Samsung and LG set to launch 5G smartphones in February

The Korean media has reported that the world smartphone leader Samsung and its struggling compatriot are going to launch the first 5G smartphones at MWC and ship in March.

According to a report by the Korean media outlet Pulse, citing its industry source, that both Samsung and LG will debut their 5G smartphones in February next year. Volume shipment is expected to start in March, which will synchronise with the start of 5G service for consumers by the three operators. All three of them launched limited 5G services for business simultaneously at the beginning of December.

Mobile World Congress has long been the venue for Samsung to showcase its latest Galaxy flagship product. It will be the series’ 10th iteration next year, so we can expect quite a bit of fanfare to go with the occasion. Whether the Galaxy 10 will be built on 5G, or there will be a 5G variant of the product, is up to speculation.

LG has seen its smartphone market share shrinking in recent years and already posted over $400 million loss in the first three quarters of the year. As a result, the head of its Mobile Communications business was replaced one year into the job. LG would desperately need something to excite the market if the company still decides to stay in the handset market. The expected 5G product could be a new model of its flagship G series, or the new head of its mobile business could decide to rewrite its product portfolio.

Both companies are expected to build their first 5G smartphones on the newly launched Qualcomm Snapdragon 855 chipset, which we have reported in detail. Samsung was one of the illustrious partners to adorn the launch event, but LG was absent. With a long line of OEMs, especially the Chinese smartphone makers showing strong interest in the new Snapdragon, we can expect more 5G handsets to be launched in Barcelona come February than those from the Korean stalwarts.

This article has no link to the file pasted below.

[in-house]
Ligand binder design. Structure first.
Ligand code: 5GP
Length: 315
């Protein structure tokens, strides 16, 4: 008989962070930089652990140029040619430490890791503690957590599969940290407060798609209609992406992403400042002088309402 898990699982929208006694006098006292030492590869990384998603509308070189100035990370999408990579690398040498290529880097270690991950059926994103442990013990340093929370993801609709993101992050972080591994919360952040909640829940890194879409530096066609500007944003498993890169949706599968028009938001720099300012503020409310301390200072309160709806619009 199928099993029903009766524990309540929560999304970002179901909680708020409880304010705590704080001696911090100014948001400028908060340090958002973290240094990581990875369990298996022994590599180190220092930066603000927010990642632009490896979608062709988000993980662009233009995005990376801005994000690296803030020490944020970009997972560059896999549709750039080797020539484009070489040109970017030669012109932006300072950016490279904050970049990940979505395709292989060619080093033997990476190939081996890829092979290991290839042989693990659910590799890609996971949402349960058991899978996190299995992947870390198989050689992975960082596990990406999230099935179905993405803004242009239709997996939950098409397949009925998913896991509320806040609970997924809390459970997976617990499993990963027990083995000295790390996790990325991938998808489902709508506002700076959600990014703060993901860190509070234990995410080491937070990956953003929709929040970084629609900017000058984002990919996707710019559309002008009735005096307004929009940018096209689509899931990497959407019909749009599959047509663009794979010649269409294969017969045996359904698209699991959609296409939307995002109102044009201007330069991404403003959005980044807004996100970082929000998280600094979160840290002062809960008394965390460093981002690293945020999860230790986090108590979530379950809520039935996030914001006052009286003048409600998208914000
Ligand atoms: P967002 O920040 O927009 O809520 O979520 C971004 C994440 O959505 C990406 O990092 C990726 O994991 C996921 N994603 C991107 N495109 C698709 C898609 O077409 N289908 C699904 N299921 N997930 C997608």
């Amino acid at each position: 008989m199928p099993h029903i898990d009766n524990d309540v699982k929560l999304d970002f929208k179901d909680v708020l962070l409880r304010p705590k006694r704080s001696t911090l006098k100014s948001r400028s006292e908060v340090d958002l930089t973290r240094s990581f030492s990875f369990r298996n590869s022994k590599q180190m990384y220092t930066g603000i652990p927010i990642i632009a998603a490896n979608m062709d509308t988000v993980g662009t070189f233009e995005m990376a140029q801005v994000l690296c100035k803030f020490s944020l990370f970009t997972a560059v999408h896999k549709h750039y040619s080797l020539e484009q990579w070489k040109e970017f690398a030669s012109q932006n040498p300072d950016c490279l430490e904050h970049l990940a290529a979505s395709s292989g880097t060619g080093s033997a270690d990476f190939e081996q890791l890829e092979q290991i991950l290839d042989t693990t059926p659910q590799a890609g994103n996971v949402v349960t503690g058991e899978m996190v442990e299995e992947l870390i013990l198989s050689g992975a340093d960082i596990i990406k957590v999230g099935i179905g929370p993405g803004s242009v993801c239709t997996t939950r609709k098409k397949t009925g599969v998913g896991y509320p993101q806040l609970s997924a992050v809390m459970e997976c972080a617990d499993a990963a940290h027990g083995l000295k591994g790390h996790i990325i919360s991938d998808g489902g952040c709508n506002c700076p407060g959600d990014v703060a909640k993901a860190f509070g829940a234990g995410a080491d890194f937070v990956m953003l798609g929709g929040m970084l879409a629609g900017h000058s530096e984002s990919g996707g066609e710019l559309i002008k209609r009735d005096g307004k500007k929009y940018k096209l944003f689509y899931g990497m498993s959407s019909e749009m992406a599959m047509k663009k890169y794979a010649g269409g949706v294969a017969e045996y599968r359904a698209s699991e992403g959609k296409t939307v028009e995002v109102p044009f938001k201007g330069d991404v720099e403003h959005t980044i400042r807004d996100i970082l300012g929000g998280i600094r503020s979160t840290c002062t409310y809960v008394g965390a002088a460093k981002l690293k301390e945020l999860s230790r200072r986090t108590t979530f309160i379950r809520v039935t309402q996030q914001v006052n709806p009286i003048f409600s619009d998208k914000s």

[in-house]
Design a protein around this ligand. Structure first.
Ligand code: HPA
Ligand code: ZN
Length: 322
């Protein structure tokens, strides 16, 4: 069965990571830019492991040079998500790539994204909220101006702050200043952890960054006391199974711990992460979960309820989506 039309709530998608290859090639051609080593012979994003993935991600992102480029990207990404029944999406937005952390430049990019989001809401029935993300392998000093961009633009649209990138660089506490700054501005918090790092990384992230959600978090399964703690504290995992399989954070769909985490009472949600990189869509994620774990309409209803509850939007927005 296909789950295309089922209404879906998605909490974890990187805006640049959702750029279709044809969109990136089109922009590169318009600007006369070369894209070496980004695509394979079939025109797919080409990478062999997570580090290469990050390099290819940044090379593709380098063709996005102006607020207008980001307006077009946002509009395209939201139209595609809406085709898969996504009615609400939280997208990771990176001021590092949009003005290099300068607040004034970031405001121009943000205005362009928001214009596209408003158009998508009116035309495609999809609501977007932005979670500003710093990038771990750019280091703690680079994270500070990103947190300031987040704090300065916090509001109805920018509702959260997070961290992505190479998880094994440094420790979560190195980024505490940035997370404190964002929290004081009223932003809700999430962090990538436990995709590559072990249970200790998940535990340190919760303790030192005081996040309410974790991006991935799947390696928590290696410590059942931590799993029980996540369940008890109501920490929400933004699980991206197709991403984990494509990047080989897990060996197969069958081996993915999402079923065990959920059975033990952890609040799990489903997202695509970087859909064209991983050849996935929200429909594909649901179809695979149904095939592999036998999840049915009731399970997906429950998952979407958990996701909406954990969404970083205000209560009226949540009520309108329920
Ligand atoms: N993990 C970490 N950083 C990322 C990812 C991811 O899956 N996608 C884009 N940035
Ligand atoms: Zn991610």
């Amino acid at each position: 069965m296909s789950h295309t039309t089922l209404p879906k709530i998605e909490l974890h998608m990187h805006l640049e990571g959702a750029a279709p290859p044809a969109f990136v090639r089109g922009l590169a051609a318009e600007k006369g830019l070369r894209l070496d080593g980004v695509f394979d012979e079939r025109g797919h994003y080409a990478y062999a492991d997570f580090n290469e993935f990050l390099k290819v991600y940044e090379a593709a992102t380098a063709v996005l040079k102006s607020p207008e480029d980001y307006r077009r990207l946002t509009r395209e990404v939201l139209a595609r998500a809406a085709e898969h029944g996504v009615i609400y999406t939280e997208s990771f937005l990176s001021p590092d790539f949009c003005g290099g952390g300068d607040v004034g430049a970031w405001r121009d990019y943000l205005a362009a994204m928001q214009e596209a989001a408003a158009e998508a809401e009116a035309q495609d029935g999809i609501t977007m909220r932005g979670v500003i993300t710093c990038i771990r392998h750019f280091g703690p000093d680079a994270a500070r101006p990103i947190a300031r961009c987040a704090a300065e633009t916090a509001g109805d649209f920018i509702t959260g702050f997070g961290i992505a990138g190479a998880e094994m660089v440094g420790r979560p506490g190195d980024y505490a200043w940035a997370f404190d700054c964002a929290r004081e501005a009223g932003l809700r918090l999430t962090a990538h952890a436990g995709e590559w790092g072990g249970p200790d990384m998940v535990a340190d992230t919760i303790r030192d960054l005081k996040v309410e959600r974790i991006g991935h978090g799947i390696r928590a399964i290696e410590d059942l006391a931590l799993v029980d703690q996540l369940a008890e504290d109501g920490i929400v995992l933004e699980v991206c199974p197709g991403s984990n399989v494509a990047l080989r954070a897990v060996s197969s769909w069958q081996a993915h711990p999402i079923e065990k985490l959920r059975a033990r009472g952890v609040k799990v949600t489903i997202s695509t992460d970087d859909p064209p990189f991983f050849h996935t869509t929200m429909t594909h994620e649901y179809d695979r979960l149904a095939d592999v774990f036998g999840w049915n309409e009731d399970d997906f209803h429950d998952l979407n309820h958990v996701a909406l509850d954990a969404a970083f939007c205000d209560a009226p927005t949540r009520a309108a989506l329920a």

Huawei 5G Transport Helps Telefonica Demonstrate the Industry’s First 5G Slicing-based Interactive VR Service

[Barcelona, Spain, February 27, 2018] During the Mobile World Congress (MWC) in Barcelona, Telefonica and Huawei jointly demonstrated the industry’s first VR service using 5G end-to-end (E2E) network slicing technology underpinned by Telefonica’s UNICA program. This demonstration involved the wireless access network, core network, transport network, and terminals, with the transport network being formed by one of the industry’s first network slicing routers for 5G transport from Huawei.

Network slicing enables operators to divide a set of hardware infrastructure into multiple virtual E2E networks to adapt to various types of services with different characteristics. This demonstration provided evidence of how 5G network slicing can enable on-demand diversified services and ensure high bandwidth and low latency, helping operators to achieve business success with 5G. It also represented the latest achievements in 5G key technology verification and use case research, marking another significant milestone of the continued joint innovation and strategic cooperation between Huawei and Telefonica.

Huawei’s 5G E2E network slicing technology utilizes service-oriented network architecture, network function modularization, and CU separation. On the mobile bearer network, Huawei’s network slicing routers can generate network slices based on the SLA requirements of 5G services. Network slices are isolated using FlexE technology to ensure that services on different slices do not interfere with each other, meeting the diversified transport requirements of 5G services. The network resources within each network slice can be fully utilized through statistical multiplexing to maximize the network value.

Huawei has also launched its 5G-oriented X-Haul mobile bearer network solution. Before this demonstration, Huawei and Telefonica verified multiple key X-Haul technologies in a lab environment. These technologies include PAM4-based 50 Gbit/s ports used to effectively reduce 5G network construction costs, FlexE bundling used to smoothly evolve bandwidth, and SR+EVPN used to simplify network protocols, unify service bearing, and make network connections simpler, more flexible, and more efficient.